No lion shall be there, nor any {k} ravenous beast shall go up on it, it shall not be found there; but the redeemed shall walk there:

(k) As he threatens the wicked with destruction by this, Isa 30:6.

9. the redeemed] cf. ch. Isaiah 51:10, Isaiah 62:12, Isaiah 63:4.Verse 9. - No lion shall be there. No great tyrannical power, like Assyria (Nahum 2:11, 12) or Babylon, shall arrest the energies of the Church, take it captive, or enslave it. No ravenous beast shall make it his prey. In proportion as the Church is holy (ver. 8) it shall be free from the molestation of bloody persecutors (see Isaiah 11:9). The redeemed - those whom God has purchased for his own (Exodus 6:6; Hosea 13:14) - shall be free to walk there, untroubled by cruel enemies. There is an under-current of comparison between the blessedness of the last times and the existing troubles of Israel, still threatened by Sennacherib. The prophet now exclaims to the afflicted church, in language of unmixed consolation, that Jehovah is coming. "Strengthen ye the weak hands, and make the trembling knees strong! Say to those of a terrified heart, Be strong! Fear ye not! Behold, your God will come for vengeance, for a divine retribution: He will come, and bring you salvation." Those who have become weak in faith, hopeless and despairing, are to cheer up; and the stronger are to tell such of their brethren as are perplexed and timid, to be comforted now: for Jehovah is coming nâqâm (i.e., as vengeance), and gemūl 'Elōhı̄m (i.e., as retribution, such as God the highly exalted and Almighty Judge inflicts; the expression is similar to that in Isaiah 30:27; Isaiah 13:9, cf., Isaiah 40:10, but a bolder one; the words in apposition stand as abbreviations of final clauses). The infliction of punishment is the immediate object of His coming, but the ultimate object is the salvation of His people (וישעכם a contracted future form, which is generally confined to the aorist).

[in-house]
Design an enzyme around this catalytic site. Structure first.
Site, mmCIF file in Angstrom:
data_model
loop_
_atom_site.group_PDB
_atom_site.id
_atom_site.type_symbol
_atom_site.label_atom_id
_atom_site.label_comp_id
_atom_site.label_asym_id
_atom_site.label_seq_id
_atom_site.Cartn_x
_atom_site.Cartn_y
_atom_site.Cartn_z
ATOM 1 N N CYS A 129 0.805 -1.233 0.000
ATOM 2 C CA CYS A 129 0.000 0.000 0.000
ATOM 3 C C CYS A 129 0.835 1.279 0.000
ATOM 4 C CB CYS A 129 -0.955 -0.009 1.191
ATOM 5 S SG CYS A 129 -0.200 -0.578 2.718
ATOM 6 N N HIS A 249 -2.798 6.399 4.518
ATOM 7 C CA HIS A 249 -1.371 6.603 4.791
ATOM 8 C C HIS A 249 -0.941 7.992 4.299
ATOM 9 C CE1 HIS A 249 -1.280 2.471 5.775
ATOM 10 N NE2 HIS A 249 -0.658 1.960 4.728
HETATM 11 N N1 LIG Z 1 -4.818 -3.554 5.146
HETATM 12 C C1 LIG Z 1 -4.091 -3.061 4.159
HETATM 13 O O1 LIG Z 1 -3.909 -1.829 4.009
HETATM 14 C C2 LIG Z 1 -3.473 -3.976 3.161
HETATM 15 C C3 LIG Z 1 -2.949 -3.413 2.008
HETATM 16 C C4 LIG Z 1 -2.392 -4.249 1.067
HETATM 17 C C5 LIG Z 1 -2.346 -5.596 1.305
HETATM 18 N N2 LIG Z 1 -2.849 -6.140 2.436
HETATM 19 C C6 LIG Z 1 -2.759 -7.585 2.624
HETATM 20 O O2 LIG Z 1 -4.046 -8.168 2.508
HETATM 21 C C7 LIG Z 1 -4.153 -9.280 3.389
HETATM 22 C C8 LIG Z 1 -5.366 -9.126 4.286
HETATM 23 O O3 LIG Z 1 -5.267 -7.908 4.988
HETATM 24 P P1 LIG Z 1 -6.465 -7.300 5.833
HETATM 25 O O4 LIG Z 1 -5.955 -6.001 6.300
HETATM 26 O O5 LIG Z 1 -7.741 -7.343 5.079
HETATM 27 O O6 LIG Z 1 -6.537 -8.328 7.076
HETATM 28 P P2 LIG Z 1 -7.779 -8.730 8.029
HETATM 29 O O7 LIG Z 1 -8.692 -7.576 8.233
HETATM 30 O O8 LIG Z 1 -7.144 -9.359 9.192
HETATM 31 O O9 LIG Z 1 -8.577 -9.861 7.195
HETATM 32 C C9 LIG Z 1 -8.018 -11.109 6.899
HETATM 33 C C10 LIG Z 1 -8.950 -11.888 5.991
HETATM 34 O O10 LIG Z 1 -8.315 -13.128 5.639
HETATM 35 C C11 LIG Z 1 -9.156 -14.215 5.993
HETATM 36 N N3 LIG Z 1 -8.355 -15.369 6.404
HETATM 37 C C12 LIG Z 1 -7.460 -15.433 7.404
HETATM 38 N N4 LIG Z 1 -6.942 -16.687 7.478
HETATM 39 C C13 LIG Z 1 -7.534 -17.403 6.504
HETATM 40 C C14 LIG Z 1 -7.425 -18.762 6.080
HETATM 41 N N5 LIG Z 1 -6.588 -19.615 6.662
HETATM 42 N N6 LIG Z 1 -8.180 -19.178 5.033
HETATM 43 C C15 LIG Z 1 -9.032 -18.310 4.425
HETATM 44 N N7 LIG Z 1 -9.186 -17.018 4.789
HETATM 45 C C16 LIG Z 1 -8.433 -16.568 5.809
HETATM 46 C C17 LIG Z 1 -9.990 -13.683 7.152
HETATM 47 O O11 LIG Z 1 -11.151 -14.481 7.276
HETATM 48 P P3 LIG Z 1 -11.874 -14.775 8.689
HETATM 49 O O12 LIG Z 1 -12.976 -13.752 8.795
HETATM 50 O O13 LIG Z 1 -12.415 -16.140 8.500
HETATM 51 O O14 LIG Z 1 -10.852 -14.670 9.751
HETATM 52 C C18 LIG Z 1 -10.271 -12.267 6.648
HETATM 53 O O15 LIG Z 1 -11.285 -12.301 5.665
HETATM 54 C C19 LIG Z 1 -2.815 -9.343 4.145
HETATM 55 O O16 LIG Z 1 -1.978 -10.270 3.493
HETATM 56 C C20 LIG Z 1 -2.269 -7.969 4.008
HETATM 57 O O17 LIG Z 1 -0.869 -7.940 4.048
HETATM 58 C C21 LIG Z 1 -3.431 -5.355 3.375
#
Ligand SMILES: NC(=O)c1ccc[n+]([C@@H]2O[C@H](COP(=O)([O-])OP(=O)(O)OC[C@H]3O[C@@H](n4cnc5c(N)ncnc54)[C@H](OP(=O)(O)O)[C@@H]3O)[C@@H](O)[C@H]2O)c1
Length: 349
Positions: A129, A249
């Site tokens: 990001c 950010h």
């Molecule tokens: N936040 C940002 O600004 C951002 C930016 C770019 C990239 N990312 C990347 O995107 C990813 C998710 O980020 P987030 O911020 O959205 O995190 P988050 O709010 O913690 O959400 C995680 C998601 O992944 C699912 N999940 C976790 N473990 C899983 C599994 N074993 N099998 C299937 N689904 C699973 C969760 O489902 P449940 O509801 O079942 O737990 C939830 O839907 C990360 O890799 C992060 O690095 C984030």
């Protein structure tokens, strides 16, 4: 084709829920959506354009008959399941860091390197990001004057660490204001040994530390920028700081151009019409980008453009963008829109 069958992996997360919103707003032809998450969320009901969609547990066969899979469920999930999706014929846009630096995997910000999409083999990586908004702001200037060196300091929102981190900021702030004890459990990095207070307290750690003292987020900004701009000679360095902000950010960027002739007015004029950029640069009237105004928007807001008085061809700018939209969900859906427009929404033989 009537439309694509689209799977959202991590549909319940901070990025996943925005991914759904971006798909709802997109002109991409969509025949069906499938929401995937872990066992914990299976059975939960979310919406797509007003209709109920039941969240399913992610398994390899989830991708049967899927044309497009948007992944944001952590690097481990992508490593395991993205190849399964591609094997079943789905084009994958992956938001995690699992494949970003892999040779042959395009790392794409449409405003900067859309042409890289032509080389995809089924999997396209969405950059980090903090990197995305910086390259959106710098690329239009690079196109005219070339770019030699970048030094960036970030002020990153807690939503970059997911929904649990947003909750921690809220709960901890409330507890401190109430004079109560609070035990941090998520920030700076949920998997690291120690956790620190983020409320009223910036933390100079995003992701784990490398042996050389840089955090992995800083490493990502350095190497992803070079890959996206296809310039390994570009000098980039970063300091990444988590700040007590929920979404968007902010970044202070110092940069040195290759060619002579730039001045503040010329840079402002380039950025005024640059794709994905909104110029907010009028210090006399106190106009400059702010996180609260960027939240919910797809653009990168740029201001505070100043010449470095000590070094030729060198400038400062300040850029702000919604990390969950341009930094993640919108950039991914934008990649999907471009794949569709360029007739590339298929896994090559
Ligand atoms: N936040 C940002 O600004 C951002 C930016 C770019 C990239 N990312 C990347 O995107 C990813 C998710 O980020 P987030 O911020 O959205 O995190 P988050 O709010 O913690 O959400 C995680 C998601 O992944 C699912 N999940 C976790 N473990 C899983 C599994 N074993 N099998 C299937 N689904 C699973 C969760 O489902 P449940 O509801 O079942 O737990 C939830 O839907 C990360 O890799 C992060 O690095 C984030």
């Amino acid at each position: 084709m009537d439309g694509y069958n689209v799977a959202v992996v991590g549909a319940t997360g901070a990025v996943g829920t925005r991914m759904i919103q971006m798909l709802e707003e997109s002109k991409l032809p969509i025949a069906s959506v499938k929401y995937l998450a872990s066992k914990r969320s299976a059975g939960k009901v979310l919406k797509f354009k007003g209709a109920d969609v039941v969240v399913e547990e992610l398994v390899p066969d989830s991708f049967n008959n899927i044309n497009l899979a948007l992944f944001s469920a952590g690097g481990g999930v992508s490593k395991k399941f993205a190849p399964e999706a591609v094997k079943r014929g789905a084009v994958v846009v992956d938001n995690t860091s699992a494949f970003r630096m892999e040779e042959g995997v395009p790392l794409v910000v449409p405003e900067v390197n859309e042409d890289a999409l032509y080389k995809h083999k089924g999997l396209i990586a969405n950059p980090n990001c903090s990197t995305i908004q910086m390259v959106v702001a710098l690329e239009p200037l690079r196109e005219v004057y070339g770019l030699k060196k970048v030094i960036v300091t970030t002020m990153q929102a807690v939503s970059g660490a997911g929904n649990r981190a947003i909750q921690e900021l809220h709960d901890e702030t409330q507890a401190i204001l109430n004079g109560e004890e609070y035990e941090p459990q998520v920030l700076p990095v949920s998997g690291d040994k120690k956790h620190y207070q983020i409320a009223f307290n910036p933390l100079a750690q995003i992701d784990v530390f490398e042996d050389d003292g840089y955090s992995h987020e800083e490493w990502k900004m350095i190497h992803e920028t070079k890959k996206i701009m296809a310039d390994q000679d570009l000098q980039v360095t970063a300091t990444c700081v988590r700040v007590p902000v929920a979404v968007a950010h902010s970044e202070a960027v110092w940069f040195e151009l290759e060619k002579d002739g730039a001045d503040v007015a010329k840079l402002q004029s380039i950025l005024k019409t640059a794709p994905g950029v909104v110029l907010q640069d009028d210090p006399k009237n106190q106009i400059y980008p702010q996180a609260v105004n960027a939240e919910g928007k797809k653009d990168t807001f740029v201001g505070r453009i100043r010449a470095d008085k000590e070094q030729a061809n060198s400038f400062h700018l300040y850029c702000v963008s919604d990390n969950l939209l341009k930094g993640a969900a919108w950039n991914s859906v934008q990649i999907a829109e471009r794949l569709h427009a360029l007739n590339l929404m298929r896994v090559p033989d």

Isaiah 35:9 Interlinear
Isaiah 35:9 Parallel Texts

Isaiah 35:9 NIV
Isaiah 35:9 NLT
Isaiah 35:9 ESV
Isaiah 35:9 NASB
Isaiah 35:9 KJV

Isaiah 35:9 Bible Apps
Isaiah 35:9 Parallel
Isaiah 35:9 Biblia Paralela
Isaiah 35:9 Chinese Bible
Isaiah 35:9 French Bible
Isaiah 35:9 German Bible

Bible Hub

Isaiah 35:8
Top of Page
Top of Page